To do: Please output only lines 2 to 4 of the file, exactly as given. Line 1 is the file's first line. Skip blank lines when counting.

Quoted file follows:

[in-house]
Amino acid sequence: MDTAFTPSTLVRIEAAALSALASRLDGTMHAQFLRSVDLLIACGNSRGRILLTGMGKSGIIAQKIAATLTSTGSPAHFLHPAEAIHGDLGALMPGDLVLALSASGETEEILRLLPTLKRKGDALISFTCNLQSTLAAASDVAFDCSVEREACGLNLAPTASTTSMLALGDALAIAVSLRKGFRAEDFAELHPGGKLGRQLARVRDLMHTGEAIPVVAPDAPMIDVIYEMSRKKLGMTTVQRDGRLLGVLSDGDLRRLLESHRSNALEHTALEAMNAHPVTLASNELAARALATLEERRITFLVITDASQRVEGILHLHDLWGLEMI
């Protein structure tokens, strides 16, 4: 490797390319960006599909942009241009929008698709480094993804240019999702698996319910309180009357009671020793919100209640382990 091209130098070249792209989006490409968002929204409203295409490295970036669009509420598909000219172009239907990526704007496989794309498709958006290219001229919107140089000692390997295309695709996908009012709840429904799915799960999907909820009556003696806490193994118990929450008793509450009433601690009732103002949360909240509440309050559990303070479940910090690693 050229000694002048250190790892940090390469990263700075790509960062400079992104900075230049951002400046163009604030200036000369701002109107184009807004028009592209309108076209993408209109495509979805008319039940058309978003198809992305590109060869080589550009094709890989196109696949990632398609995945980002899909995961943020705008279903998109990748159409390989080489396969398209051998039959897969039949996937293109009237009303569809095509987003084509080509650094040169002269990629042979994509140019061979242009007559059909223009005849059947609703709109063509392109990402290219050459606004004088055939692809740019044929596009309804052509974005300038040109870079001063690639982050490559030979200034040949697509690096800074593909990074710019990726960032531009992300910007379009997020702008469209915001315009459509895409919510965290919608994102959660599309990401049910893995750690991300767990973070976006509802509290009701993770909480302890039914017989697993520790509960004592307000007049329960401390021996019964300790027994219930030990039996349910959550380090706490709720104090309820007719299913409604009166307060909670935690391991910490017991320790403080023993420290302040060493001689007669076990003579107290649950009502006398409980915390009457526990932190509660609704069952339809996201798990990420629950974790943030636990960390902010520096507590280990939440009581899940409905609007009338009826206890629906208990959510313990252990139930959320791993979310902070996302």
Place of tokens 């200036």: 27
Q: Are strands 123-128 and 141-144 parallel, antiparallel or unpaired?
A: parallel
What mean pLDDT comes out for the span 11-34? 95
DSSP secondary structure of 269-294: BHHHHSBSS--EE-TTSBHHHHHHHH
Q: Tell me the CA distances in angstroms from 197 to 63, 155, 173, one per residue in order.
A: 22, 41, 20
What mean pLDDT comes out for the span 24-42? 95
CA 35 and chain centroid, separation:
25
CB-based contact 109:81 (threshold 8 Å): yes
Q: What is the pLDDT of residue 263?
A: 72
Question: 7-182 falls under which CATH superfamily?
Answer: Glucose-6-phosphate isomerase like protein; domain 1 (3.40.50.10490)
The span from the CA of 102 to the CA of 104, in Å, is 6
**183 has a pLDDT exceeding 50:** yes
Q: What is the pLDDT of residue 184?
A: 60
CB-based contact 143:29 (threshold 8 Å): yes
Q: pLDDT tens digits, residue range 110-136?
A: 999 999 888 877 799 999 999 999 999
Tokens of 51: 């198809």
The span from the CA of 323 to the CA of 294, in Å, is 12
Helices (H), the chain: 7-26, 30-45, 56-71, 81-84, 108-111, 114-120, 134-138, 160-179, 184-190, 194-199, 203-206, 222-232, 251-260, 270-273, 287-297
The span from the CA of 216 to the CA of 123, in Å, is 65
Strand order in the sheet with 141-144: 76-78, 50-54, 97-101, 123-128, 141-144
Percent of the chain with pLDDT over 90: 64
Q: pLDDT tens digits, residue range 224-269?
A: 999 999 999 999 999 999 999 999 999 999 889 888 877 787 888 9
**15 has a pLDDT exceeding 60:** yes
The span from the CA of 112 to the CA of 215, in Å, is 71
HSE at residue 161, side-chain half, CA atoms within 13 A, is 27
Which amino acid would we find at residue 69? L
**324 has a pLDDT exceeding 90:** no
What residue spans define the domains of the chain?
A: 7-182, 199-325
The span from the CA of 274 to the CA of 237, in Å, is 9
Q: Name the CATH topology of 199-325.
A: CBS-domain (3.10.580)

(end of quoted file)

Amino acid sequence: MDTAFTPSTLVRIEAAALSALASRLDGTMHAQFLRSVDLLIACGNSRGRILLTGMGKSGIIAQKIAATLTSTGSPAHFLHPAEAIHGDLGALMPGDLVLALSASGETEEILRLLPTLKRKGDALISFTCNLQSTLAAASDVAFDCSVEREACGLNLAPTASTTSMLALGDALAIAVSLRKGFRAEDFAELHPGGKLGRQLARVRDLMHTGEAIPVVAPDAPMIDVIYEMSRKKLGMTTVQRDGRLLGVLSDGDLRRLLESHRSNALEHTALEAMNAHPVTLASNELAARALATLEERRITFLVITDASQRVEGILHLHDLWGLEMI
């Protein structure tokens, strides 16, 4: 490797390319960006599909942009241009929008698709480094993804240019999702698996319910309180009357009671020793919100209640382990 091209130098070249792209989006490409968002929204409203295409490295970036669009509420598909000219172009239907990526704007496989794309498709958006290219001229919107140089000692390997295309695709996908009012709840429904799915799960999907909820009556003696806490193994118990929450008793509450009433601690009732103002949360909240509440309050559990303070479940910090690693 050229000694002048250190790892940090390469990263700075790509960062400079992104900075230049951002400046163009604030200036000369701002109107184009807004028009592209309108076209993408209109495509979805008319039940058309978003198809992305590109060869080589550009094709890989196109696949990632398609995945980002899909995961943020705008279903998109990748159409390989080489396969398209051998039959897969039949996937293109009237009303569809095509987003084509080509650094040169002269990629042979994509140019061979242009007559059909223009005849059947609703709109063509392109990402290219050459606004004088055939692809740019044929596009309804052509974005300038040109870079001063690639982050490559030979200034040949697509690096800074593909990074710019990726960032531009992300910007379009997020702008469209915001315009459509895409919510965290919608994102959660599309990401049910893995750690991300767990973070976006509802509290009701993770909480302890039914017989697993520790509960004592307000007049329960401390021996019964300790027994219930030990039996349910959550380090706490709720104090309820007719299913409604009166307060909670935690391991910490017991320790403080023993420290302040060493001689007669076990003579107290649950009502006398409980915390009457526990932190509660609704069952339809996201798990990420629950974790943030636990960390902010520096507590280990939440009581899940409905609007009338009826206890629906208990959510313990252990139930959320791993979310902070996302």
Place of tokens 């200036």: 27